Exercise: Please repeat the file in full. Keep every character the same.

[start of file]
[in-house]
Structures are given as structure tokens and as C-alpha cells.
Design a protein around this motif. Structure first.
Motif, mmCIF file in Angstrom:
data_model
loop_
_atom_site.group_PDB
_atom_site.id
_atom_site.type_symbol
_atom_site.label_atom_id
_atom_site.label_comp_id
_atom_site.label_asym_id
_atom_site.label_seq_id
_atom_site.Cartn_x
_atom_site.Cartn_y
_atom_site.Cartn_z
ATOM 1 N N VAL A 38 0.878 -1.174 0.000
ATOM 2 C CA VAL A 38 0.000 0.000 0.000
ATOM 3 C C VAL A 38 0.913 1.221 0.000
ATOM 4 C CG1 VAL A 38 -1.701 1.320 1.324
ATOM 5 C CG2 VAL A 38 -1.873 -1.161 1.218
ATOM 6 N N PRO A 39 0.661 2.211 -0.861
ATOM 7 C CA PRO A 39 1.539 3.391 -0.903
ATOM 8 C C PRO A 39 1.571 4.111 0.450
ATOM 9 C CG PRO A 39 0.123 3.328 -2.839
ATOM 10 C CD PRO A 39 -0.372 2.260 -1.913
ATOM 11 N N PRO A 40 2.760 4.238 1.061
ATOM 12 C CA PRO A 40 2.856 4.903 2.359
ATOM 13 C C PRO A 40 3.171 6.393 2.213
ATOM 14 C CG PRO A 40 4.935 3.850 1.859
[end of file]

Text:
[in-house]
Structures are given as structure tokens and as C-alpha cells.
Design a protein around this motif. Structure first.
Motif, mmCIF file in Angstrom:
data_model
loop_
_atom_site.group_PDB
_atom_site.id
_atom_site.type_symbol
_atom_site.label_atom_id
_atom_site.label_comp_id
_atom_site.label_asym_id
_atom_site.label_seq_id
_atom_site.Cartn_x
_atom_site.Cartn_y
_atom_site.Cartn_z
ATOM 1 N N VAL A 38 0.878 -1.174 0.000
ATOM 2 C CA VAL A 38 0.000 0.000 0.000
ATOM 3 C C VAL A 38 0.913 1.221 0.000
ATOM 4 C CG1 VAL A 38 -1.701 1.320 1.324
ATOM 5 C CG2 VAL A 38 -1.873 -1.161 1.218
ATOM 6 N N PRO A 39 0.661 2.211 -0.861
ATOM 7 C CA PRO A 39 1.539 3.391 -0.903
ATOM 8 C C PRO A 39 1.571 4.111 0.450
ATOM 9 C CG PRO A 39 0.123 3.328 -2.839
ATOM 10 C CD PRO A 39 -0.372 2.260 -1.913
ATOM 11 N N PRO A 40 2.760 4.238 1.061
ATOM 12 C CA PRO A 40 2.856 4.903 2.359
ATOM 13 C C PRO A 40 3.171 6.393 2.213
ATOM 14 C CG PRO A 40 4.935 3.850 1.859